There are many spiritual meanings for fire; it purifies, it protects, and it is a central metaphor for what makes us human. But in many cultures, fire is also a symbol of creativity. This quality, too, is fundamentally human, and yet it’s the only thing (or one of the few things) that elevates us beyond the plane of simple humanity. It expands the possibilities of what we can be. So in Greek mythology, Prometheus steals fire from the Gods; fire, and creativity, is a semi-divine thing, one that we nevertheless have the audacity to steal.
All this is my way of thinking about creativity as a kind of flame held within the glass case of our lives. Nowadays, creativity is one slender candle flame amid a teeming electric switchboard of lights; so many demands and worries and constraints and expectations compete with that light. It is very vulnerable as a result. So I’m wondering about the ways that you carry the fire of creativity within you.
What are the greatest threats to your fire? Is it lack of time, or family obligations? Is it exhaustion? Is it entertainment temptations, like television or the internet? Does it come from within? Perhaps your own doubts and anxieties pose the greatest threat to your little candle. If you’re going to keep the flame alive, the first step is to identify what threatens it.
Next, I want to hear about what you do to carry the fire — and what you intend to do in the future. Though sorely overtaxed this semester with my usual teaching load, I’m making efforts to find time for myself and my writing in between classes and before I get home from work.
I find that when I get home from a full day of teaching, my mind is ready to quit for the day; I drop my bag to the floor and want dinner and entertainment, not work. But if I stay in a cafe or a comfortable lounge area in the office for an extra hour before I go home, then I can write. I also find that in the long gap between classes on some days, I usually waste the time, goofing off on the internet or reading articles (not terrible, but not the only thing I want to do). I’m making an effort to use that time more wisely, by reading or writing, or using that time to grade papers so I’ll have more weekend time to myself. And finally, if I’ve used those slices of inbetween time well, then I have more weekend time to go to the library or a cafe, and think about my writing.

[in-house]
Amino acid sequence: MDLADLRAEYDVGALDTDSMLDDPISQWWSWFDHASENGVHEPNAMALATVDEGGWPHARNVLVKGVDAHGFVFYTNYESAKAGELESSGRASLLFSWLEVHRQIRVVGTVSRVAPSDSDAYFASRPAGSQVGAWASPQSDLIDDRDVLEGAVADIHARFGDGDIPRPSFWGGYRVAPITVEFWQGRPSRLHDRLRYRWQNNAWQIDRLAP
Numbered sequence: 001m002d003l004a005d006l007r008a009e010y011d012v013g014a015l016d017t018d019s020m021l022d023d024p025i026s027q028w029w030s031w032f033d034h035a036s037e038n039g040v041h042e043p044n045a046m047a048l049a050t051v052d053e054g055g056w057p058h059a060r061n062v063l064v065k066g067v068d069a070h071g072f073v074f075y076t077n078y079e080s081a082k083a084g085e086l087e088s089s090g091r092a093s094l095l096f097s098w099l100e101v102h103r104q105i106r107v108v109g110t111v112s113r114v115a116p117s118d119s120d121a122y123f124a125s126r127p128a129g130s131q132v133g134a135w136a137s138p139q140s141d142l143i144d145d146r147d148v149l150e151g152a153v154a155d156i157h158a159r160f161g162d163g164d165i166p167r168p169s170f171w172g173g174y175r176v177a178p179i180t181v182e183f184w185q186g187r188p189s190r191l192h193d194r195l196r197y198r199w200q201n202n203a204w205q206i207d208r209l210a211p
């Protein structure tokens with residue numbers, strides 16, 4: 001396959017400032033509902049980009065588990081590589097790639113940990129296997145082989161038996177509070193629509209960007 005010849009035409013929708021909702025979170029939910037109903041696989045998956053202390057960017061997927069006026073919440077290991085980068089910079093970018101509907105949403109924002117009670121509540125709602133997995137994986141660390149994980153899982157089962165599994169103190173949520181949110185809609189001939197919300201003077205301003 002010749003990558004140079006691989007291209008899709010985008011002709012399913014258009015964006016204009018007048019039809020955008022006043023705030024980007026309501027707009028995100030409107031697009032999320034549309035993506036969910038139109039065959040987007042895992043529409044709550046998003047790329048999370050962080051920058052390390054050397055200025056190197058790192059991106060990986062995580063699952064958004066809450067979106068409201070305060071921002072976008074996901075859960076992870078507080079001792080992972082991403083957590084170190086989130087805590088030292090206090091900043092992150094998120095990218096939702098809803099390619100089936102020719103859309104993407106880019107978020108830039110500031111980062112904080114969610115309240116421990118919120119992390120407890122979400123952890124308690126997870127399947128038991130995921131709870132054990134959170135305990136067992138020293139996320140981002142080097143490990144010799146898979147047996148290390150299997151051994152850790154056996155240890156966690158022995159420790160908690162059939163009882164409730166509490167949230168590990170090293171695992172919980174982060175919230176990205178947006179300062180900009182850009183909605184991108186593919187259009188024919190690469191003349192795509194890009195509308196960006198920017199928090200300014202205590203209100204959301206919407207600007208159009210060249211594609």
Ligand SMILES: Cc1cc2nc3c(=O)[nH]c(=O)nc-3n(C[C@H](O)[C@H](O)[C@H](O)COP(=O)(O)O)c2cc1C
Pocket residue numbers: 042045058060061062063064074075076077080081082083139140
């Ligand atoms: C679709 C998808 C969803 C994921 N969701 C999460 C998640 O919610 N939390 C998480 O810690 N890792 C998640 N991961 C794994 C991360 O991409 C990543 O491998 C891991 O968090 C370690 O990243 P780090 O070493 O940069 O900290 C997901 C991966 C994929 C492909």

I don’t accomplish all of these things in one week. Some weeks the papers have come in for grading, or there’s a weekend event. But if I do some of these things, then it means I’m getting a little creative work done. The candle burns another week.
So how do you carry the fire? What advice can you give, and will you try finding slivers of your time to work?
Today is my birthday and I have plans to be out of town. Thus I feel guilty that I will not be attending the People’s Climate March, so I make up for it by asking all of you, our readers, to attend if you are able. Consider it a birthday present to me.
This event of historic proportions may be a turning point in the nation’s discussion of climate change. Perhaps politicians will finally acknowledge that there are many people who genuinely care about this issue and want to work to solve it. As a science teacher, I work hard to show my students that there is no scientific debate about this issue. The globe is warming and this warming is due to human carbon emissions, plain and simple. Why, then, is there still no action? This is the question I pose to them and one I hope you, too, will try to answer. What does it take for us to get this point across and translate it into action?
Perhaps this march will be the beginning.
Visit http://peoplesclimate.org/ for more information.
It’s that time of year again – back to school. I have been nervous, barely sleeping, anticipating the new year and the terror of standing in front of a room full of teenagers who I don’t know and who don’t know me. I have to learn names and personalities and set boundaries, all while trying to make my class fun and interesting. Plus there is that learning piece. With all this buzzing around in my head, it is easy to forget about that other part of my life, the part that helps keep me sane. Here are some ways I keep my writing life fresh while balancing it with the rest of my life: